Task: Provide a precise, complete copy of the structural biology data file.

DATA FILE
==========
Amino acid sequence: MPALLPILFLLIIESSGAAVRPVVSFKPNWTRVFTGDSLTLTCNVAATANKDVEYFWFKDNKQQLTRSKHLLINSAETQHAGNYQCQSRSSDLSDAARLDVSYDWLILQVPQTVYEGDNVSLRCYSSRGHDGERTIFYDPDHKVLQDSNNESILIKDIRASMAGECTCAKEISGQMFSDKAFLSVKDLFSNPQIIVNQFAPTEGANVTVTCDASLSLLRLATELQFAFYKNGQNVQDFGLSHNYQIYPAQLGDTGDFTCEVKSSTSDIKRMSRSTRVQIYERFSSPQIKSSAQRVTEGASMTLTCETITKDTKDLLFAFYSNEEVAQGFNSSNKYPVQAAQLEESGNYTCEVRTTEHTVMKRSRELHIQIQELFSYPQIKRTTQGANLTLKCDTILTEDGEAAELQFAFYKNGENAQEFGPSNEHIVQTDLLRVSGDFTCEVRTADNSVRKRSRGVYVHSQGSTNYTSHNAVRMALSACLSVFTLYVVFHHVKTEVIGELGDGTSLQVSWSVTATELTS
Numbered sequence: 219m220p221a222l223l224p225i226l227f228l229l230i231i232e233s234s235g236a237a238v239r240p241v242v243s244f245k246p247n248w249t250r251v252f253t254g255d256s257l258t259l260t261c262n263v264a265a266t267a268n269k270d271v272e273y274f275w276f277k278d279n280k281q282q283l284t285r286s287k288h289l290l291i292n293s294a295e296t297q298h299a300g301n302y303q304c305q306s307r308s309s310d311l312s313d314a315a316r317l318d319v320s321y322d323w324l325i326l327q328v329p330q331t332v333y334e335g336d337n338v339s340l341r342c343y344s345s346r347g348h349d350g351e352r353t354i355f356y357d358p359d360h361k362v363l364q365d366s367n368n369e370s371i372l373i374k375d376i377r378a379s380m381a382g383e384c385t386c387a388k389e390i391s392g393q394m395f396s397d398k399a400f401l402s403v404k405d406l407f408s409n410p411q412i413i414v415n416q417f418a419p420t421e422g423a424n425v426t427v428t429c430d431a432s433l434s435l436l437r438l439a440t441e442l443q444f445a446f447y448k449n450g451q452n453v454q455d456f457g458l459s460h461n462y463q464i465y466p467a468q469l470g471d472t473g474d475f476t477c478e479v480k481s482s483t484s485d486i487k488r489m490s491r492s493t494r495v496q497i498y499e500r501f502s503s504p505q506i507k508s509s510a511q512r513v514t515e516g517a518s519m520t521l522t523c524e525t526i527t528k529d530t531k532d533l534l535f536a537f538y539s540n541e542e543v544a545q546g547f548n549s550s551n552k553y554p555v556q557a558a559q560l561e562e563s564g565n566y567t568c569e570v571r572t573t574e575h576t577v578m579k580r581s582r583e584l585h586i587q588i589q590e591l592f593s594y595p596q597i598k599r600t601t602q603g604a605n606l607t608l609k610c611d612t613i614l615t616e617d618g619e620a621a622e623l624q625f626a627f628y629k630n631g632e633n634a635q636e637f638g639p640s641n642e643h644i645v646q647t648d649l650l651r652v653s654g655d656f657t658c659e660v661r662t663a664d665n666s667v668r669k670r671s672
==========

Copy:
Amino acid sequence: MPALLPILFLLIIESSGAAVRPVVSFKPNWTRVFTGDSLTLTCNVAATANKDVEYFWFKDNKQQLTRSKHLLINSAETQHAGNYQCQSRSSDLSDAARLDVSYDWLILQVPQTVYEGDNVSLRCYSSRGHDGERTIFYDPDHKVLQDSNNESILIKDIRASMAGECTCAKEISGQMFSDKAFLSVKDLFSNPQIIVNQFAPTEGANVTVTCDASLSLLRLATELQFAFYKNGQNVQDFGLSHNYQIYPAQLGDTGDFTCEVKSSTSDIKRMSRSTRVQIYERFSSPQIKSSAQRVTEGASMTLTCETITKDTKDLLFAFYSNEEVAQGFNSSNKYPVQAAQLEESGNYTCEVRTTEHTVMKRSRELHIQIQELFSYPQIKRTTQGANLTLKCDTILTEDGEAAELQFAFYKNGENAQEFGPSNEHIVQTDLLRVSGDFTCEVRTADNSVRKRSRGVYVHSQGSTNYTSHNAVRMALSACLSVFTLYVVFHHVKTEVIGELGDGTSLQVSWSVTATELTS
Numbered sequence: 219m220p221a222l223l224p225i226l227f228l229l230i231i232e233s234s235g236a237a238v239r240p241v242v243s244f245k246p247n248w249t250r251v252f253t254g255d256s257l258t259l260t261c262n263v264a265a266t267a268n269k270d271v272e273y274f275w276f277k278d279n280k281q282q283l284t285r286s287k288h289l290l291i292n293s294a295e296t297q298h299a300g301n302y303q304c305q306s307r308s309s310d311l312s313d314a315a316r317l318d319v320s321y322d323w324l325i326l327q328v329p330q331t332v333y334e335g336d337n338v339s340l341r342c343y344s345s346r347g348h349d350g351e352r353t354i355f356y357d358p359d360h361k362v363l364q365d366s367n368n369e370s371i372l373i374k375d376i377r378a379s380m381a382g383e384c385t386c387a388k389e390i391s392g393q394m395f396s397d398k399a400f401l402s403v404k405d406l407f408s409n410p411q412i413i414v415n416q417f418a419p420t421e422g423a424n425v426t427v428t429c430d431a432s433l434s435l436l437r438l439a440t441e442l443q444f445a446f447y448k449n450g451q452n453v454q455d456f457g458l459s460h461n462y463q464i465y466p467a468q469l470g471d472t473g474d475f476t477c478e479v480k481s482s483t484s485d486i487k488r489m490s491r492s493t494r495v496q497i498y499e500r501f502s503s504p505q506i507k508s509s510a511q512r513v514t515e516g517a518s519m520t521l522t523c524e525t526i527t528k529d530t531k532d533l534l535f536a537f538y539s540n541e542e543v544a545q546g547f548n549s550s551n552k553y554p555v556q557a558a559q560l561e562e563s564g565n566y567t568c569e570v571r572t573t574e575h576t577v578m579k580r581s582r583e584l585h586i587q588i589q590e591l592f593s594y595p596q597i598k599r600t601t602q603g604a605n606l607t608l609k610c611d612t613i614l615t616e617d618g619e620a621a622e623l624q625f626a627f628y629k630n631g632e633n634a635q636e637f638g639p640s641n642e643h644i645v646q647t648d649l650l651r652v653s654g655d656f657t658c659e660v661r662t663a664d665n666s667v668r669k670r671s672